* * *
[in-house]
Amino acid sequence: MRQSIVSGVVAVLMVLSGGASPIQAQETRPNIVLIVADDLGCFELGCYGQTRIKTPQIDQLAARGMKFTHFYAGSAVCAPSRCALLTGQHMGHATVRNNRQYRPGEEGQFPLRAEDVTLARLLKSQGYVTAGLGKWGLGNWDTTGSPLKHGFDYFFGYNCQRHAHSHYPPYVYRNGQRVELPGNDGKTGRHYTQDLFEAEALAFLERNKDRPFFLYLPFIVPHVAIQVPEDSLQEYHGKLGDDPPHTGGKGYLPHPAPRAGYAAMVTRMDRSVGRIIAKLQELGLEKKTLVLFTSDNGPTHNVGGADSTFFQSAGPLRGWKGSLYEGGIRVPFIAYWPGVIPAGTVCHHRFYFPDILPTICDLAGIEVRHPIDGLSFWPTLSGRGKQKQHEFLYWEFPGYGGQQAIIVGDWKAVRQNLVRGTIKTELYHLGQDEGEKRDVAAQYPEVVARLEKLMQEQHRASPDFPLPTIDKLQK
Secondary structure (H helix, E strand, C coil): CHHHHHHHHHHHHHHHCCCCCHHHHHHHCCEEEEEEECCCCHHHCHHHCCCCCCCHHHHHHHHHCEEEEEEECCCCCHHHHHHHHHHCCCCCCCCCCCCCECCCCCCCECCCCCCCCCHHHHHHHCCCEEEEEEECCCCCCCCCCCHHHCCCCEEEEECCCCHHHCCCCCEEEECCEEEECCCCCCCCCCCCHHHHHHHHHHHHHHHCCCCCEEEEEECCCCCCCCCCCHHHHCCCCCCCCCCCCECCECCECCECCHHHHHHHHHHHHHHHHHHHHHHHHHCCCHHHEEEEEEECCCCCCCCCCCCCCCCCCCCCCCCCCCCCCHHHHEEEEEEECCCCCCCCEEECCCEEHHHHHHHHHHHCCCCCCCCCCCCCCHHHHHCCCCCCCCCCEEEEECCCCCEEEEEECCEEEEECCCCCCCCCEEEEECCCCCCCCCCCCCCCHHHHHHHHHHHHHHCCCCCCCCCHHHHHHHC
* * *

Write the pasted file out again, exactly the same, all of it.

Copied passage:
[in-house]
Amino acid sequence: MRQSIVSGVVAVLMVLSGGASPIQAQETRPNIVLIVADDLGCFELGCYGQTRIKTPQIDQLAARGMKFTHFYAGSAVCAPSRCALLTGQHMGHATVRNNRQYRPGEEGQFPLRAEDVTLARLLKSQGYVTAGLGKWGLGNWDTTGSPLKHGFDYFFGYNCQRHAHSHYPPYVYRNGQRVELPGNDGKTGRHYTQDLFEAEALAFLERNKDRPFFLYLPFIVPHVAIQVPEDSLQEYHGKLGDDPPHTGGKGYLPHPAPRAGYAAMVTRMDRSVGRIIAKLQELGLEKKTLVLFTSDNGPTHNVGGADSTFFQSAGPLRGWKGSLYEGGIRVPFIAYWPGVIPAGTVCHHRFYFPDILPTICDLAGIEVRHPIDGLSFWPTLSGRGKQKQHEFLYWEFPGYGGQQAIIVGDWKAVRQNLVRGTIKTELYHLGQDEGEKRDVAAQYPEVVARLEKLMQEQHRASPDFPLPTIDKLQK
Secondary structure (H helix, E strand, C coil): CHHHHHHHHHHHHHHHCCCCCHHHHHHHCCEEEEEEECCCCHHHCHHHCCCCCCCHHHHHHHHHCEEEEEEECCCCCHHHHHHHHHHCCCCCCCCCCCCCECCCCCCCECCCCCCCCCHHHHHHHCCCEEEEEEECCCCCCCCCCCHHHCCCCEEEEECCCCHHHCCCCCEEEECCEEEECCCCCCCCCCCCHHHHHHHHHHHHHHHCCCCCEEEEEECCCCCCCCCCCHHHHCCCCCCCCCCCCECCECCECCECCHHHHHHHHHHHHHHHHHHHHHHHHHCCCHHHEEEEEEECCCCCCCCCCCCCCCCCCCCCCCCCCCCCCHHHHEEEEEEECCCCCCCCEEECCCEEHHHHHHHHHHHCCCCCCCCCCCCCCHHHHHCCCCCCCCCCEEEEECCCCCEEEEEECCEEEEECCCCCCCCCEEEEECCCCCCCCCCCCCCCHHHHHHHHHHHHHHCCCCCCCCCHHHHHHHC